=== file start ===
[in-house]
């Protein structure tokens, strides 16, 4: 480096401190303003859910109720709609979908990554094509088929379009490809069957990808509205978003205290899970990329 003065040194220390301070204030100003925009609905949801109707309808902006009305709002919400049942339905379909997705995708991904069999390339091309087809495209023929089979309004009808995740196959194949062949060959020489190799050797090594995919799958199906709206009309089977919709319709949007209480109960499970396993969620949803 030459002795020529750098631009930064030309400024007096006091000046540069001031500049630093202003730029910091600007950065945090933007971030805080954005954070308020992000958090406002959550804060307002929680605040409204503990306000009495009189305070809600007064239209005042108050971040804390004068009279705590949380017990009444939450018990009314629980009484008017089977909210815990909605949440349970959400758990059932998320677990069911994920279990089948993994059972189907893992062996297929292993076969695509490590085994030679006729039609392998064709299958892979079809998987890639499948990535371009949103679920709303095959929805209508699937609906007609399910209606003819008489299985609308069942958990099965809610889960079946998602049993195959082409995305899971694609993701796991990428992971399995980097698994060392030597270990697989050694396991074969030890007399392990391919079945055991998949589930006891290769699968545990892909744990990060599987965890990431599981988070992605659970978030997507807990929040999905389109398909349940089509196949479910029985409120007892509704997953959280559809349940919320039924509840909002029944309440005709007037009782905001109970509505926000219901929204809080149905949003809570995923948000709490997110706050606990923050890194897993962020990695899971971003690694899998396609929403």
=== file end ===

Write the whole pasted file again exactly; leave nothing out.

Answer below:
[in-house]
């Protein structure tokens, strides 16, 4: 480096401190303003859910109720709609979908990554094509088929379009490809069957990808509205978003205290899970990329 003065040194220390301070204030100003925009609905949801109707309808902006009305709002919400049942339905379909997705995708991904069999390339091309087809495209023929089979309004009808995740196959194949062949060959020489190799050797090594995919799958199906709206009309089977919709319709949007209480109960499970396993969620949803 030459002795020529750098631009930064030309400024007096006091000046540069001031500049630093202003730029910091600007950065945090933007971030805080954005954070308020992000958090406002959550804060307002929680605040409204503990306000009495009189305070809600007064239209005042108050971040804390004068009279705590949380017990009444939450018990009314629980009484008017089977909210815990909605949440349970959400758990059932998320677990069911994920279990089948993994059972189907893992062996297929292993076969695509490590085994030679006729039609392998064709299958892979079809998987890639499948990535371009949103679920709303095959929805209508699937609906007609399910209606003819008489299985609308069942958990099965809610889960079946998602049993195959082409995305899971694609993701796991990428992971399995980097698994060392030597270990697989050694396991074969030890007399392990391919079945055991998949589930006891290769699968545990892909744990990060599987965890990431599981988070992605659970978030997507807990929040999905389109398909349940089509196949479910029985409120007892509704997953959280559809349940919320039924509840909002029944309440005709007037009782905001109970509505926000219901929204809080149905949003809570995923948000709490997110706050606990923050890194897993962020990695899971971003690694899998396609929403």